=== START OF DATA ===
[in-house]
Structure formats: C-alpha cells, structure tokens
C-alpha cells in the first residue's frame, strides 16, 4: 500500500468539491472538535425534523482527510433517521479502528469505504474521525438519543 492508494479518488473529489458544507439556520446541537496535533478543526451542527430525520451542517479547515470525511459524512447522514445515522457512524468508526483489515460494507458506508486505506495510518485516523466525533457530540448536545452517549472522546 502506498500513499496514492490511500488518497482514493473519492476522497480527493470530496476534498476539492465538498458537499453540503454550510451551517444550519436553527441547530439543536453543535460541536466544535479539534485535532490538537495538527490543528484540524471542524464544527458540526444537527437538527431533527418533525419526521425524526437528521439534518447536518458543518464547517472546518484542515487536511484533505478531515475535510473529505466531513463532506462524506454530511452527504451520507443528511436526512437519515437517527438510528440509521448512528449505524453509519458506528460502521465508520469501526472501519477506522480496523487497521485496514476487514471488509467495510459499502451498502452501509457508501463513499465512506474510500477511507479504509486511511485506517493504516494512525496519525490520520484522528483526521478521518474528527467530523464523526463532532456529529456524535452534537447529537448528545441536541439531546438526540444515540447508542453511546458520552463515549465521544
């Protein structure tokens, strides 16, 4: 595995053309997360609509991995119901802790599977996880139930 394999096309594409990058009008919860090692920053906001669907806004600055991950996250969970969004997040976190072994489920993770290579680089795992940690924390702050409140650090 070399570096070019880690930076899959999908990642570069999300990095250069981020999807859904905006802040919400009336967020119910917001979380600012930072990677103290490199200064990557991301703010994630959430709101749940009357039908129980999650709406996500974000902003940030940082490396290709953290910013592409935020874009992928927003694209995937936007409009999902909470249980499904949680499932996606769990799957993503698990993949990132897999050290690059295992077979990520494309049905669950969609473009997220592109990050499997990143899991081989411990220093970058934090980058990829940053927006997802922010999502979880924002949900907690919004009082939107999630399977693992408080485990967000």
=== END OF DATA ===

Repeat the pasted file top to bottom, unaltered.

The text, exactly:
[in-house]
Structure formats: C-alpha cells, structure tokens
C-alpha cells in the first residue's frame, strides 16, 4: 500500500468539491472538535425534523482527510433517521479502528469505504474521525438519543 492508494479518488473529489458544507439556520446541537496535533478543526451542527430525520451542517479547515470525511459524512447522514445515522457512524468508526483489515460494507458506508486505506495510518485516523466525533457530540448536545452517549472522546 502506498500513499496514492490511500488518497482514493473519492476522497480527493470530496476534498476539492465538498458537499453540503454550510451551517444550519436553527441547530439543536453543535460541536466544535479539534485535532490538537495538527490543528484540524471542524464544527458540526444537527437538527431533527418533525419526521425524526437528521439534518447536518458543518464547517472546518484542515487536511484533505478531515475535510473529505466531513463532506462524506454530511452527504451520507443528511436526512437519515437517527438510528440509521448512528449505524453509519458506528460502521465508520469501526472501519477506522480496523487497521485496514476487514471488509467495510459499502451498502452501509457508501463513499465512506474510500477511507479504509486511511485506517493504516494512525496519525490520520484522528483526521478521518474528527467530523464523526463532532456529529456524535452534537447529537448528545441536541439531546438526540444515540447508542453511546458520552463515549465521544
């Protein structure tokens, strides 16, 4: 595995053309997360609509991995119901802790599977996880139930 394999096309594409990058009008919860090692920053906001669907806004600055991950996250969970969004997040976190072994489920993770290579680089795992940690924390702050409140650090 070399570096070019880690930076899959999908990642570069999300990095250069981020999807859904905006802040919400009336967020119910917001979380600012930072990677103290490199200064990557991301703010994630959430709101749940009357039908129980999650709406996500974000902003940030940082490396290709953290910013592409935020874009992928927003694209995937936007409009999902909470249980499904949680499932996606769990799957993503698990993949990132897999050290690059295992077979990520494309049905669950969609473009997220592109990050499997990143899991081989411990220093970058934090980058990829940053927006997802922010999502979880924002949900907690919004009082939107999630399977693992408080485990967000």